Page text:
Wild carrot is a large white wildflower
Daucus carota can easily be confused with other flowers with similar umbel shapes such as cow parsley and hemlock. The flowers are up to about 7cm across and can grow to a metre tall or more. They have flat white umbels in June until August. When I’m not sure of the identity, I look for the tiny dark red dot which is often in the centre of the flower, looking like a tiny insect. The leaves are ferny. It likes the seaside and chalk, and places I have seen include in grass on Seaford Head, Tidemills Sussex and the North Kent Coast. The main image above shows a sea of carrot flowers at Reculver in Kent.
Daucus carota seed heads are distinctive
Carrot flowers contract once they have finished to hold their seeds in a beautiful goblet shape.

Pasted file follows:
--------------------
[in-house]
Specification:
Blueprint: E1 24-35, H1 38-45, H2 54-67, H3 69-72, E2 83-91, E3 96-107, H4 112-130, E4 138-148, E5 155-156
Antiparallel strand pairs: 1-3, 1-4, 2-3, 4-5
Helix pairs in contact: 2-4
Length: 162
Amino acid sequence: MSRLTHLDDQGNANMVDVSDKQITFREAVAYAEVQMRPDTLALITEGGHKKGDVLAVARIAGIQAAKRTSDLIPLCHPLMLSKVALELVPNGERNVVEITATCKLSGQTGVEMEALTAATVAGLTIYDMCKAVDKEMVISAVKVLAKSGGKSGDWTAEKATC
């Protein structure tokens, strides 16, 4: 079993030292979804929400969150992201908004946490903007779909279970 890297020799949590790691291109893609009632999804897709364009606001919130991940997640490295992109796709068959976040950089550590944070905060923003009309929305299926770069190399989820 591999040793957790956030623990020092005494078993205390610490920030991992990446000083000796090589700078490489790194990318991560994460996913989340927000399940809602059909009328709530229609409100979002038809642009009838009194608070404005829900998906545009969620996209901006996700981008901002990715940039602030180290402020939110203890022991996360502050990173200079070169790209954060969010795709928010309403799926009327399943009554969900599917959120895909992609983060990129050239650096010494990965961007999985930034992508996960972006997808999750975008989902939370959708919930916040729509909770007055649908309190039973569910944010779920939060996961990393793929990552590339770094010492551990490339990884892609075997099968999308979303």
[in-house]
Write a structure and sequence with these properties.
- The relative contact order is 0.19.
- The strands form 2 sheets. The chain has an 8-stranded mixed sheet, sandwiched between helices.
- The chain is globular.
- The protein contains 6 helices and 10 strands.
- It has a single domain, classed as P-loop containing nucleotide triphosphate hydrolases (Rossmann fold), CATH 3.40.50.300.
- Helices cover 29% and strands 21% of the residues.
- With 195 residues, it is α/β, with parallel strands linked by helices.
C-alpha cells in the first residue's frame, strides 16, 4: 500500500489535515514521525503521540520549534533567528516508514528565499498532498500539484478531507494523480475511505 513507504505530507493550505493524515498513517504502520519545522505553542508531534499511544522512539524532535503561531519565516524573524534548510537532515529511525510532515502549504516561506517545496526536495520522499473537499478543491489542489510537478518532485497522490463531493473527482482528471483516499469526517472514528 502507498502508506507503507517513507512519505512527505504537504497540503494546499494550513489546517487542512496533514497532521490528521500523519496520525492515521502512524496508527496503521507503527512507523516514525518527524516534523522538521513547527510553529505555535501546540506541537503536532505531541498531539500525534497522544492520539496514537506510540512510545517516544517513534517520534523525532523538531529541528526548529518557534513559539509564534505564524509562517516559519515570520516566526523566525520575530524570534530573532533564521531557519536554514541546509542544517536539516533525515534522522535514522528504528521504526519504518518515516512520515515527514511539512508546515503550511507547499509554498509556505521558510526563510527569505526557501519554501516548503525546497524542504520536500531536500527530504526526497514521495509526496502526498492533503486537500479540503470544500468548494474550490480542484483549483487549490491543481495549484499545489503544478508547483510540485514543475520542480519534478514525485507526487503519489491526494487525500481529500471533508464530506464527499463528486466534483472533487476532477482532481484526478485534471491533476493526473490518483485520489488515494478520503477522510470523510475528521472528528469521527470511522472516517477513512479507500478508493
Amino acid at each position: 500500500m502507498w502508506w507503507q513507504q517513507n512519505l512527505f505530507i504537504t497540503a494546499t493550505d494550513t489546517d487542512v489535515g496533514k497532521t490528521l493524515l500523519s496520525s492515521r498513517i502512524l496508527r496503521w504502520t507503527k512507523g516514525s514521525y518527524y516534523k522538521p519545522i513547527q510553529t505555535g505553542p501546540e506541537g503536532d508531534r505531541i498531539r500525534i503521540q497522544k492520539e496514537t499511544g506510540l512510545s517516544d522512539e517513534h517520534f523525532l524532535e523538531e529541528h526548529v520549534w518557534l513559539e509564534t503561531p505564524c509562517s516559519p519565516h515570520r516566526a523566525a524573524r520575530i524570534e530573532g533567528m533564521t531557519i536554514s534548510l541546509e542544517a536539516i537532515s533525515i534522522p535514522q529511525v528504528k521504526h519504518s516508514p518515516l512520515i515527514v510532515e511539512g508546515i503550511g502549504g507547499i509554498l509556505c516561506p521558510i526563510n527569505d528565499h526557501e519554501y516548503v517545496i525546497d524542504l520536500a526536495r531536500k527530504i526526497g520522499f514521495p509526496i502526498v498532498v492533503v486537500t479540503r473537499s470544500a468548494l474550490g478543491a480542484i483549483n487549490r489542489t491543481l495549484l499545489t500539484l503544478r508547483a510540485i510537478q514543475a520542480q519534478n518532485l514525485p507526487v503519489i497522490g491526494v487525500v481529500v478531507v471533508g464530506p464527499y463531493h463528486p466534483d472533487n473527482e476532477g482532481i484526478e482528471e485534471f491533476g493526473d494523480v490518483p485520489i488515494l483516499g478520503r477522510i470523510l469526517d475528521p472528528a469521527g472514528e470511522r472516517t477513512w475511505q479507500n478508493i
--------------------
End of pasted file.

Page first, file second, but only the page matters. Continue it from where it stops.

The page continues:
Carrot subspecies – Daucus carota ssp gummifer
When I was on the South Devon coast I came across this flower right by the sea. Initially I thought it might be Moon carrot – Seseli libanotis which is rare in the UK but grows in Seaford Sussex. But further research revealed this variety, which has a much rounder head than Wild carrot and more substantial foliage.
Out of interest, the cultivated subspecies which is grown as a vegetable is Daucus carota ssp sativus.